Sources: JAXA


Dispelling Some Space Myths

(Originally posted 2/2/17 on Read With The Gringa)

If you are a dear reader of Read With The Gringa, chances are you are also a fan of science fiction. The gringa has seen every episode of her favorite series like the Star Trek franchise, Battlestar Galactica and Firefly. If it’s a cheesy, classic or epic sci-fi movie, I’ve seen that, too. What about some of the common themes and aspects of this genre? Is there any kernel of truth to these commonalities or are they just creative license?

Spacecraft Explosions: Cosmic space battles between a star ship battle cruiser and a sporty, feisty spacecraft that maneuvers with lightning speed often end up with the absolute destruction of one, maybe even both. But what about those fabulous fireballs and bits and bobs of bulkhead that create an enormous blast radius. Does that really happen?


NO! Why? Well, think about it. There is no oxygen in space! No oxygen, no fire. The best you could hope for is an insignificant spark that, pfft, quickly goes out. And the boom factor? Nope. You wouldn’t hear anything either. Sound only travels through Earth’s atmosphere because of a complex recipe of certain gases. So, that pfft effect goes for explosive sounds as well.

Human Explosion: Sci-fi takes a reverse course on the pressure effects of deep water on the human. Go deep enough in the ocean without protective gear and  the water pressure will implode you. Not a pretty sight for a human to be crushed like an aluminum soda can. Sci-fi screenwriters like to imagine the vacuum of space would result in the atoms of humans no longer experiencing enough atmospheric pressure to remain cohesive. Thus an explosion of eyeballs and fingernails. A rather gruesome and bloody prospect. Is this accurate? Would astronauts who experience spacesuit failure explode in the vacuum of space?


First, you would quickly begin to dehydrate as water began evaporating rapidly through your pores. You would also begin to feel the chill of MINUS 455 degrees Fahrenheit. In other words, instead of exploding into itty-bitty bits, you would quickly become a human ice cube. About 30 seconds to be exact.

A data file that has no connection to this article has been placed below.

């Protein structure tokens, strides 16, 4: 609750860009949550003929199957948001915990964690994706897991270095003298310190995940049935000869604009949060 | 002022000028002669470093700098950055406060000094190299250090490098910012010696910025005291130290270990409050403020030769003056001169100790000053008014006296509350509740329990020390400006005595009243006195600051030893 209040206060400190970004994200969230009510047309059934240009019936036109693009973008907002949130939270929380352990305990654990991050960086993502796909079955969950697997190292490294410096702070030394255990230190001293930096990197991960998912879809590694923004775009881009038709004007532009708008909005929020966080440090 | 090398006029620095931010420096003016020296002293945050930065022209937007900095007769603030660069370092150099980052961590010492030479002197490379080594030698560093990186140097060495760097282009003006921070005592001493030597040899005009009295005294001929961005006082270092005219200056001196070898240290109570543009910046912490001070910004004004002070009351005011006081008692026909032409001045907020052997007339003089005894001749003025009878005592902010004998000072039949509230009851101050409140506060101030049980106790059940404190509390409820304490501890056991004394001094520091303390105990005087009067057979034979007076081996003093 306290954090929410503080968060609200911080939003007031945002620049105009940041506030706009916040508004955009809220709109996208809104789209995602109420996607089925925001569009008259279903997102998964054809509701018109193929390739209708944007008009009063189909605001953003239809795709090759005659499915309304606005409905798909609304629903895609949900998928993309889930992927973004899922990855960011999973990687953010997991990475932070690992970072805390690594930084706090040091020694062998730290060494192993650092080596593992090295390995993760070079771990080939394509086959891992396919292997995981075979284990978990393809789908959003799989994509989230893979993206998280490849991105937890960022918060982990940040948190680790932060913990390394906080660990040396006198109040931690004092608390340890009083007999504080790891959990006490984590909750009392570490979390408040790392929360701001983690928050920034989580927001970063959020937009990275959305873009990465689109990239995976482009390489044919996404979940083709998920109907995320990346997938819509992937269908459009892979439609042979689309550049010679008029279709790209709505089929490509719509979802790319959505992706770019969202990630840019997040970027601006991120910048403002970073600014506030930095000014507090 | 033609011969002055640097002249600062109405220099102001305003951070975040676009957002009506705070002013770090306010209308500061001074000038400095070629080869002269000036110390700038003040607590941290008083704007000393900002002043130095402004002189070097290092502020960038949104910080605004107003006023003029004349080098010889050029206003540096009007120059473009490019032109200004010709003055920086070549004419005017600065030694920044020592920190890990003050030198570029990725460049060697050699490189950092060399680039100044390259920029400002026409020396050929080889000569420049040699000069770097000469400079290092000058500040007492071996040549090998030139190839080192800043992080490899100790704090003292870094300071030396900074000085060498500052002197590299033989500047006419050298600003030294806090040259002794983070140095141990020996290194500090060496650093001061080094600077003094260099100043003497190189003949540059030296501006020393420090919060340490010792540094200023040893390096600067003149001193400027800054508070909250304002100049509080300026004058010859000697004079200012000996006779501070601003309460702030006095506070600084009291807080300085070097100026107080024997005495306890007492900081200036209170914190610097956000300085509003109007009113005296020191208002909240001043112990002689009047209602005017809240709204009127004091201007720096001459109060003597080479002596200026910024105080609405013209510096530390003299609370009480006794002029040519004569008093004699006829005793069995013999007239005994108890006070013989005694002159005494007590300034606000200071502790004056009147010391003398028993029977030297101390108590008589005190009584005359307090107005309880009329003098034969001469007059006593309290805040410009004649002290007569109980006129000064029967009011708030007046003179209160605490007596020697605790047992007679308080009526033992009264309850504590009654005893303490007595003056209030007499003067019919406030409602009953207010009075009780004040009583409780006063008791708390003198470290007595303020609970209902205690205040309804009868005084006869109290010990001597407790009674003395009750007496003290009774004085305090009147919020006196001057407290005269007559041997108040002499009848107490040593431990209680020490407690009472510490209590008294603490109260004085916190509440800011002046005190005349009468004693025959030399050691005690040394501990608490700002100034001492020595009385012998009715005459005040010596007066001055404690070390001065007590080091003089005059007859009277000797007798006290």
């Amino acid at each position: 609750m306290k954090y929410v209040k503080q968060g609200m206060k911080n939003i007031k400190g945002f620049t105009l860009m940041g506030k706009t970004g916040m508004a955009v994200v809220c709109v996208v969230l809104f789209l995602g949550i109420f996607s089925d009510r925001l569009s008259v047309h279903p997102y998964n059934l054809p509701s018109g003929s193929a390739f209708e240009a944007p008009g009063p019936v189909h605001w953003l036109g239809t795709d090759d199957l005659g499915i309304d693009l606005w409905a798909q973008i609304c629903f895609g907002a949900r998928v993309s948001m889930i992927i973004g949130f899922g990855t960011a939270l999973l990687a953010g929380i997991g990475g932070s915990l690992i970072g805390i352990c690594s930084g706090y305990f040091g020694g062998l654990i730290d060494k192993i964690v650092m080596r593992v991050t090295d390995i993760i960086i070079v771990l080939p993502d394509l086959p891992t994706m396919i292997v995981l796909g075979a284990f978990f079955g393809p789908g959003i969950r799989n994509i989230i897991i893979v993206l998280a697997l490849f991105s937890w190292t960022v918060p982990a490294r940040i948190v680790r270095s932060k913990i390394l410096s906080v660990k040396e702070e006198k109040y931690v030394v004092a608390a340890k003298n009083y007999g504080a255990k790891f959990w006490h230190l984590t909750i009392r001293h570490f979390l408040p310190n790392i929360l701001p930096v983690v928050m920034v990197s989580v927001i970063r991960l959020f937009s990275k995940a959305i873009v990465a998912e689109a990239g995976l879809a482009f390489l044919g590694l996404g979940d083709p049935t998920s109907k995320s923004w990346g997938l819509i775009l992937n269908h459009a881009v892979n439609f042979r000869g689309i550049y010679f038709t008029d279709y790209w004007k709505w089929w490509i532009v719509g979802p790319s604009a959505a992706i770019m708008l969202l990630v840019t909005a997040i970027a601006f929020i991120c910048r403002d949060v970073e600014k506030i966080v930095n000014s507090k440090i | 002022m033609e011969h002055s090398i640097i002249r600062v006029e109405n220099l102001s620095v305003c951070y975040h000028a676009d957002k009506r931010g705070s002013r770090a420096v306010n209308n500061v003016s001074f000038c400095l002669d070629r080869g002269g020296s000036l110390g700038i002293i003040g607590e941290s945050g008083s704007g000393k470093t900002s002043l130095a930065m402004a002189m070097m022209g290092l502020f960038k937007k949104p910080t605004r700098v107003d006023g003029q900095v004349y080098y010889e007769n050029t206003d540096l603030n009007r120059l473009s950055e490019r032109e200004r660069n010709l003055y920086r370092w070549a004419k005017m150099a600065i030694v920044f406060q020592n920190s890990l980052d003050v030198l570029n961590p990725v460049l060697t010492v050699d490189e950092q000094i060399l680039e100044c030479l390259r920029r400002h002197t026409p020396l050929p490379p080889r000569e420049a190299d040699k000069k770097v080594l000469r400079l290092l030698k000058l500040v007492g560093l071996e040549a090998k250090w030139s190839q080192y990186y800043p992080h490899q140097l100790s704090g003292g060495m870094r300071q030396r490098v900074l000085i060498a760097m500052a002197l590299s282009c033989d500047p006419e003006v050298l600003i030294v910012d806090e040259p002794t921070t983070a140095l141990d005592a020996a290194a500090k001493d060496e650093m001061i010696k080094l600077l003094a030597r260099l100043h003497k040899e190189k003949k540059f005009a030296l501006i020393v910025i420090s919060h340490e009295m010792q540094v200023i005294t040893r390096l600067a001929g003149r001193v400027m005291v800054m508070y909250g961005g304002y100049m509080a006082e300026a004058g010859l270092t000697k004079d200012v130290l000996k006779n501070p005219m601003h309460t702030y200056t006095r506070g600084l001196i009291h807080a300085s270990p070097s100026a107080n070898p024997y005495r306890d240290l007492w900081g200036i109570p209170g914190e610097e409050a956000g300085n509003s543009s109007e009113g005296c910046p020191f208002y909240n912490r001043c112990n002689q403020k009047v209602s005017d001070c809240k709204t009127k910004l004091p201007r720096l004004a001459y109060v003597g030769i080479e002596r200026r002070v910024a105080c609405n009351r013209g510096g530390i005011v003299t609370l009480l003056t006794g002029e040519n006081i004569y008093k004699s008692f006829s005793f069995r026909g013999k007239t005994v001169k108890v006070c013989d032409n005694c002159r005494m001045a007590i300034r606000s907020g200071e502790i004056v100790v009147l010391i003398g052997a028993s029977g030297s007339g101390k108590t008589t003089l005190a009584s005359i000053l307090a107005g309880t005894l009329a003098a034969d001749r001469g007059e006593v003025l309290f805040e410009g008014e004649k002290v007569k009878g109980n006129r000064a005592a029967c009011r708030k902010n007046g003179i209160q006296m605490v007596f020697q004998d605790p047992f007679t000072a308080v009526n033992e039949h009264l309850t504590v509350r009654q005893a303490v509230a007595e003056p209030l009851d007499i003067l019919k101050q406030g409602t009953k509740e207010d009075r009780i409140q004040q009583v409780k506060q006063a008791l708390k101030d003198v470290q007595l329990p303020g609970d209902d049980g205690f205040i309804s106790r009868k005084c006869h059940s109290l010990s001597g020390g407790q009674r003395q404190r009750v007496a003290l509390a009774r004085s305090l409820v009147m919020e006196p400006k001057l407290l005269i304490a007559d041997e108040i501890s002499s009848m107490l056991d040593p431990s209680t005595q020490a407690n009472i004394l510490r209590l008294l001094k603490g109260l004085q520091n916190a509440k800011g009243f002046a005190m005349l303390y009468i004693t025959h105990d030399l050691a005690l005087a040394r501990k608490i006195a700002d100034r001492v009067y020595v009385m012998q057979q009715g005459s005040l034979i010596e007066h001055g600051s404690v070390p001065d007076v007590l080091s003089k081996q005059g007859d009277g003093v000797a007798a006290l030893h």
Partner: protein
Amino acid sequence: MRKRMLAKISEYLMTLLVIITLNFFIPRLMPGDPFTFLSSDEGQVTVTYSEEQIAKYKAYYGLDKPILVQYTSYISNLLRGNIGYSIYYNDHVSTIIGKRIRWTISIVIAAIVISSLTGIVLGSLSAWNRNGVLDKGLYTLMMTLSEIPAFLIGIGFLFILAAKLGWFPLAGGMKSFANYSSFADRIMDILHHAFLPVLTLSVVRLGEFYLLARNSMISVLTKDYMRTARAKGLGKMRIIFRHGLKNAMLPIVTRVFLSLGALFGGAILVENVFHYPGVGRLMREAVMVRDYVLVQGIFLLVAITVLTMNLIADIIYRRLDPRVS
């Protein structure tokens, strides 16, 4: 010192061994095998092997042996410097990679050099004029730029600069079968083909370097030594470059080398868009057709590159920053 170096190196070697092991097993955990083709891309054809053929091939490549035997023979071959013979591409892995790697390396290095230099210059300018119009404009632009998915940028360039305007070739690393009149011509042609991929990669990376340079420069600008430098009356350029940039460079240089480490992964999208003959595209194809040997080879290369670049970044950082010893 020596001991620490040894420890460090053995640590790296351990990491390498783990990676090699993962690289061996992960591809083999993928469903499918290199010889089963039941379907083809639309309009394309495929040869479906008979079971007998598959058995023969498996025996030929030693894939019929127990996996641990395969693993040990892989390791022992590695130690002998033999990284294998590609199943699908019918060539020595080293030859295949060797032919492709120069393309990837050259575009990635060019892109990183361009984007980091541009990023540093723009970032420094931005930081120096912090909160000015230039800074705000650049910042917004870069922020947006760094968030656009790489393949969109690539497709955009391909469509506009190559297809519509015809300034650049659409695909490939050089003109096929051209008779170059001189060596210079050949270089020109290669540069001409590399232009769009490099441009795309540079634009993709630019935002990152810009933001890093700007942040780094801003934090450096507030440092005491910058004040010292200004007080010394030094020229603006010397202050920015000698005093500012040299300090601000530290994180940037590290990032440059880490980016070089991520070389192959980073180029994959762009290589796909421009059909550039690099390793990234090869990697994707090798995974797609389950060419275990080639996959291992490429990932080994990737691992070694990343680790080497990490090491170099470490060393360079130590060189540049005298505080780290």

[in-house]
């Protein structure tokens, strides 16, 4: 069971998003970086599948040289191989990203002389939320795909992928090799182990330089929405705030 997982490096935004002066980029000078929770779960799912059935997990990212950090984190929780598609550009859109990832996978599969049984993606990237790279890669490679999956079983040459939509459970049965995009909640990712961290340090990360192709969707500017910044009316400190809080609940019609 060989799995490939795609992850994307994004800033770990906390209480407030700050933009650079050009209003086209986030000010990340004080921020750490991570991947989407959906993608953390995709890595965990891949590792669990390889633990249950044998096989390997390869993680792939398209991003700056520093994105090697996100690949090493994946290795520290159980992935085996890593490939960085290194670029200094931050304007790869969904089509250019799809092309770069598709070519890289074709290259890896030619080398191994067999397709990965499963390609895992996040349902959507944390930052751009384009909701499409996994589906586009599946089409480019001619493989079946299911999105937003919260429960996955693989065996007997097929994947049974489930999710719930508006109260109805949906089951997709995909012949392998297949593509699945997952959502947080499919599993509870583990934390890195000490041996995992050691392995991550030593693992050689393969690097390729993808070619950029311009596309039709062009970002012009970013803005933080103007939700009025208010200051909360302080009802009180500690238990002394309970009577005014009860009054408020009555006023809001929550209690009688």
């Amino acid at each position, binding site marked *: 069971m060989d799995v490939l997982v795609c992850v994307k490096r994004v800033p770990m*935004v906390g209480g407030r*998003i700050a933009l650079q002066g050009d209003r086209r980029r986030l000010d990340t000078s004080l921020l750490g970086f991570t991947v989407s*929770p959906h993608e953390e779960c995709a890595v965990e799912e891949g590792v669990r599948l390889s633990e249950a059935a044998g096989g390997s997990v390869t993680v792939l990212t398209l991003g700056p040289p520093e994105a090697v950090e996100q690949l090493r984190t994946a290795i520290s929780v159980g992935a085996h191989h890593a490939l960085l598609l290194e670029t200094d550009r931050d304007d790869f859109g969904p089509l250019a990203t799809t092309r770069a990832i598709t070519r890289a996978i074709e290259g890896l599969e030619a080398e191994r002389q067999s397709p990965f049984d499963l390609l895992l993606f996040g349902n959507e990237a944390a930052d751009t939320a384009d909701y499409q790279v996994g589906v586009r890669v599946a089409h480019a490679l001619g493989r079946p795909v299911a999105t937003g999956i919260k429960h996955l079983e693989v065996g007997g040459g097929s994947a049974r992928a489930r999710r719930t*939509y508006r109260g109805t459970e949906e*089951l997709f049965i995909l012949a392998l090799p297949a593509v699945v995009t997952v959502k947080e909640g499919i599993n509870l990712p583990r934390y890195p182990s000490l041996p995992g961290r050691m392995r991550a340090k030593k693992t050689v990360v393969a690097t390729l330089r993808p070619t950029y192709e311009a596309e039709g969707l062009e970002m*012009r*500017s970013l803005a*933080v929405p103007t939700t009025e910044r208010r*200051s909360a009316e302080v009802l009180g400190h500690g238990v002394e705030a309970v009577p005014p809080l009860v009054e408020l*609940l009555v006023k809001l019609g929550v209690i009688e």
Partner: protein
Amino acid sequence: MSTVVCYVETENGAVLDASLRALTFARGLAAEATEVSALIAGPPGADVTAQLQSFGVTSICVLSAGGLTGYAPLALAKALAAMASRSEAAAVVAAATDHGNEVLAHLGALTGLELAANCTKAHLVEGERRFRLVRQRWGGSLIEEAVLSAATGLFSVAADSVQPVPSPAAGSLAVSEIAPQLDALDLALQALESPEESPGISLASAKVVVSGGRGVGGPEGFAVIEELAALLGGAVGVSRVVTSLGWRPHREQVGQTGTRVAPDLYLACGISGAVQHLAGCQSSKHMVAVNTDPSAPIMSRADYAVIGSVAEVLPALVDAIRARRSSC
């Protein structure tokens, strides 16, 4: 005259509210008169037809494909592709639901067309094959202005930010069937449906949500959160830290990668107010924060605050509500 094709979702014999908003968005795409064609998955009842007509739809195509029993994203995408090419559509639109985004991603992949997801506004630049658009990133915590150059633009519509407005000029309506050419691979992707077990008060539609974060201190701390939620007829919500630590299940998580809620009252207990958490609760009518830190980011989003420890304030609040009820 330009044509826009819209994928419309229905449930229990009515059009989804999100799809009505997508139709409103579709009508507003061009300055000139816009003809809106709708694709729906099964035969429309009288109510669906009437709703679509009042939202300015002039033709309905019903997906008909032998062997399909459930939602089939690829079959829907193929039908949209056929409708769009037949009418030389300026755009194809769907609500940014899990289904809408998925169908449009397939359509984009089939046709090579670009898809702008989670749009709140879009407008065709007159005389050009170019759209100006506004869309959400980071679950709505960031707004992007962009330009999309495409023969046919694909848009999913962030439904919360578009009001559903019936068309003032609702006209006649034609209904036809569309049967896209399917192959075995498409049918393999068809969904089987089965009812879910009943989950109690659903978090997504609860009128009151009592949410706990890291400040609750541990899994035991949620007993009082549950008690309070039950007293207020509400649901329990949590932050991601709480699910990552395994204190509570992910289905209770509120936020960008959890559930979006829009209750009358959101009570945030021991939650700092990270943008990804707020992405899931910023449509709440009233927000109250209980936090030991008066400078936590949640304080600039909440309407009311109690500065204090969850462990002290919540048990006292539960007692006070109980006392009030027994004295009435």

The dark side of the Moon… who could live there? Well, a colony on the “dark side of the Moon” would get just as much sunlight as the “other” side of the Moon. You see, it is only the Earth that the Moon hides its backside from. That’s because of tidal influences between these two planetary objects. The Sun, on the other hand, enjoys seeing every aspect of the Moon.


What of golden sunsets and sunrises? Are they as beautiful when seen from space? Well, they are definitely as bright but not golden. Stars, which our Sun is, have colors that are determined by their temperature. Our Sun, at about 6,000 degrees Kelvin, is actually white. It only appears yellow to us Earthlings because of how it’s short-wavelenths of blue, green and violet are scattered as they travel through Earth’s atmosphere. And you know those wavy little rays we always draw around our Suns when we are little kids? Yeah, those are all wrong too. The Sun isn’t burning. There are no flames. It is EXPLODING with gases so it’s glowing. Like a light bulb.


Have you ever seen those crack pilots zipping about in their little shuttles, navigating like aces through the hazards of an asteroid belt? Yeah. That’s not real either. Even in a really, super crowded asteroid belt with millions of space rocks each of these hunks of geological junk are most likely hundreds of thousands of miles apart. How do you think NASA’s probes make it to the farthest reaches of space if there were such dangerous obstacles? Remember, space is really, really, really, big. Plenty of room to navigate.


Could a huge meteor slam into a wilderness area and create a fiery crater? Nope. A crater, yes, but not a fiery one. I know, I know. The dear reader is saying, “Hold on there, gringa! I have actually seen a fiery fireball of a meteor that raced across the sky!” Yes, I am sure that you did. However, it is the outer surface of the meteor that has heated up, liquefied and converted to flaming plasma from the friction of hurtling through Earth’s atmosphere at high-speed. Its core, however, is frozen solid from a lifetime in space where temperatures are hundreds of degrees BELOW freezing. So, you would most likely end up with scattered fires from fiery plasma scattering on impact and then a soggy mess in the crater after the cosmic ice ball melts. Basically, a meteor is like a flaming snowball.